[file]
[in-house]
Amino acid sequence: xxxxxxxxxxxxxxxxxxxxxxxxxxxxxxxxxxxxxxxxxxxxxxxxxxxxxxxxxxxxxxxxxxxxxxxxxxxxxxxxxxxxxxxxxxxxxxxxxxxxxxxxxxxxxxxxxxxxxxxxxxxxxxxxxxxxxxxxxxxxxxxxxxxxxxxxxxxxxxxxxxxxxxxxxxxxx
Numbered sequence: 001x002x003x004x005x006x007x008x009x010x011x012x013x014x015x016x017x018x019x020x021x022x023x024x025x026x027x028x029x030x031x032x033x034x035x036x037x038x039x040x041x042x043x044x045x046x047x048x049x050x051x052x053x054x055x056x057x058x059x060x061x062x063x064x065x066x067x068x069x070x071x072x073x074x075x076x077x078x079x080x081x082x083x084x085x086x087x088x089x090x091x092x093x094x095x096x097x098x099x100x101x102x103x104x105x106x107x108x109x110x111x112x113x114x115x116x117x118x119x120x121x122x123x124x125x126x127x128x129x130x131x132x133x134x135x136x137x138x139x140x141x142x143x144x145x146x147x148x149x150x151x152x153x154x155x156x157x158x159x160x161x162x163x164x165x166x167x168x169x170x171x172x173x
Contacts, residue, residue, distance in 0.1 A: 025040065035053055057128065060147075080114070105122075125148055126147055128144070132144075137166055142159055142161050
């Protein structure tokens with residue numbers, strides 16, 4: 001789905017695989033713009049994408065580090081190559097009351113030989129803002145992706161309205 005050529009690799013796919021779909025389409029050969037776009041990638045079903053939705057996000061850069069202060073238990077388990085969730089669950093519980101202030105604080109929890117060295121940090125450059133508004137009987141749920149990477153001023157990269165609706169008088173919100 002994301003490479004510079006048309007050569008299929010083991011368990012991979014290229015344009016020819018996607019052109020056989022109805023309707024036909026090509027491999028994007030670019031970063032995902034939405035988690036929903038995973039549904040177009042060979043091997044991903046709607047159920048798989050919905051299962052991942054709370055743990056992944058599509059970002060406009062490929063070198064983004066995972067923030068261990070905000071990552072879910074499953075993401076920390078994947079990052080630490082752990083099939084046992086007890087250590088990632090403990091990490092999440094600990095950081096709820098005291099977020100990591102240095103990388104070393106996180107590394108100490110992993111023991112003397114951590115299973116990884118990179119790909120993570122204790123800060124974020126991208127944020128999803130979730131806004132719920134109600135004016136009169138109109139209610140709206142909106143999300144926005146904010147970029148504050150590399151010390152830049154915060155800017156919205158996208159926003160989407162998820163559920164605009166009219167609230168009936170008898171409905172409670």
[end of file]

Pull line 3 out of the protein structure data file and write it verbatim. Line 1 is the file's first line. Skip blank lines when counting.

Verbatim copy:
Numbered sequence: 001x002x003x004x005x006x007x008x009x010x011x012x013x014x015x016x017x018x019x020x021x022x023x024x025x026x027x028x029x030x031x032x033x034x035x036x037x038x039x040x041x042x043x044x045x046x047x048x049x050x051x052x053x054x055x056x057x058x059x060x061x062x063x064x065x066x067x068x069x070x071x072x073x074x075x076x077x078x079x080x081x082x083x084x085x086x087x088x089x090x091x092x093x094x095x096x097x098x099x100x101x102x103x104x105x106x107x108x109x110x111x112x113x114x115x116x117x118x119x120x121x122x123x124x125x126x127x128x129x130x131x132x133x134x135x136x137x138x139x140x141x142x143x144x145x146x147x148x149x150x151x152x153x154x155x156x157x158x159x160x161x162x163x164x165x166x167x168x169x170x171x172x173x